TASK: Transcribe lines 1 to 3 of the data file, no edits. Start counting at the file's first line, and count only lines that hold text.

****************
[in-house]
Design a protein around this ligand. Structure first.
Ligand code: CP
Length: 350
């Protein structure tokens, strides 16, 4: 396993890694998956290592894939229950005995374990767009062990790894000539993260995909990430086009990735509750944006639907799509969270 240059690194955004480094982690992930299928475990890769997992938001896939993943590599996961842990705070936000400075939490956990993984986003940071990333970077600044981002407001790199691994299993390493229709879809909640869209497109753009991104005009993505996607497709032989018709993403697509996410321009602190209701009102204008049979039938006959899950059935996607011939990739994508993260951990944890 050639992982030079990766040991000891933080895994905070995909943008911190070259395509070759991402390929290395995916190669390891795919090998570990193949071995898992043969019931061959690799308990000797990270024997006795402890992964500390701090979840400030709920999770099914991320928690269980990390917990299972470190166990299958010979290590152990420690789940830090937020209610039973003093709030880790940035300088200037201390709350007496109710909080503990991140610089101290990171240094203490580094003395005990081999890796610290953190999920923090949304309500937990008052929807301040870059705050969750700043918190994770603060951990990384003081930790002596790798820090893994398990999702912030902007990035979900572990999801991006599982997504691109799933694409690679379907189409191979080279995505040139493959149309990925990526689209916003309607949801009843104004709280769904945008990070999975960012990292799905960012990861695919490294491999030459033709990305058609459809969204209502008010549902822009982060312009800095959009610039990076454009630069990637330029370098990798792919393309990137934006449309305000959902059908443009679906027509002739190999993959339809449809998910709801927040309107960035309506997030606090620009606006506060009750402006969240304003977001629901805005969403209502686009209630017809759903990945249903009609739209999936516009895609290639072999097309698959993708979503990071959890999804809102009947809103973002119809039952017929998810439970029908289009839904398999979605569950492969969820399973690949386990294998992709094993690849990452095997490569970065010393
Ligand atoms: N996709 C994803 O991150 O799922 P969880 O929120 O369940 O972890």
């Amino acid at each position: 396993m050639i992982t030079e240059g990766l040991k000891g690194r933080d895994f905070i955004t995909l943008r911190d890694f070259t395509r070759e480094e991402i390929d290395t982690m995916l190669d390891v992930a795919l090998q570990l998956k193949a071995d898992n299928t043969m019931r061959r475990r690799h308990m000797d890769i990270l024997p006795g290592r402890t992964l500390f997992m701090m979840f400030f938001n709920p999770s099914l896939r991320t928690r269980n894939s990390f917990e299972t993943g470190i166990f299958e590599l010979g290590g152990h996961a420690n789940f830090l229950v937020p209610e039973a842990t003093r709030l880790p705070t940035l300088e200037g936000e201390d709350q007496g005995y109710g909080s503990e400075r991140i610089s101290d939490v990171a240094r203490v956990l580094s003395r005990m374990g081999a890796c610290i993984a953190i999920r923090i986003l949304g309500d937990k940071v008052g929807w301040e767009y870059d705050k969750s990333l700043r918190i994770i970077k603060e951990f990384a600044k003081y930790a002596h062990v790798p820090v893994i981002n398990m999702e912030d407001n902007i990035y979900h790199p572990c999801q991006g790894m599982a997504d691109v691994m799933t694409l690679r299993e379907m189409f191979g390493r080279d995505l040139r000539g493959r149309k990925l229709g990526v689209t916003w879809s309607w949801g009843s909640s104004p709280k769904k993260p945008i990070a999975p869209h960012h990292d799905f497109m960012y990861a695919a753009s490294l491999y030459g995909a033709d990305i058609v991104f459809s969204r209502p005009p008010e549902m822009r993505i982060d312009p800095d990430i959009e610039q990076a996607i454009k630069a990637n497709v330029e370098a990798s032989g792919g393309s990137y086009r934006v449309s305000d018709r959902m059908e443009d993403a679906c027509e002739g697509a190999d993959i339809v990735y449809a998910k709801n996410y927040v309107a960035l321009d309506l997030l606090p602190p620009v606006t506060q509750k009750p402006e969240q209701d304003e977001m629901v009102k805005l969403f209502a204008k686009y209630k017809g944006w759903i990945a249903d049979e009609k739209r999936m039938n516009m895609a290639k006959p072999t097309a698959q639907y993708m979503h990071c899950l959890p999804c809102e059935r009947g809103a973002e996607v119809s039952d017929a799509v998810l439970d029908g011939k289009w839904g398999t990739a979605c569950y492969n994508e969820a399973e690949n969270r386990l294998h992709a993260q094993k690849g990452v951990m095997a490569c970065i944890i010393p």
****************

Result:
[in-house]
Design a protein around this ligand. Structure first.
Ligand code: CP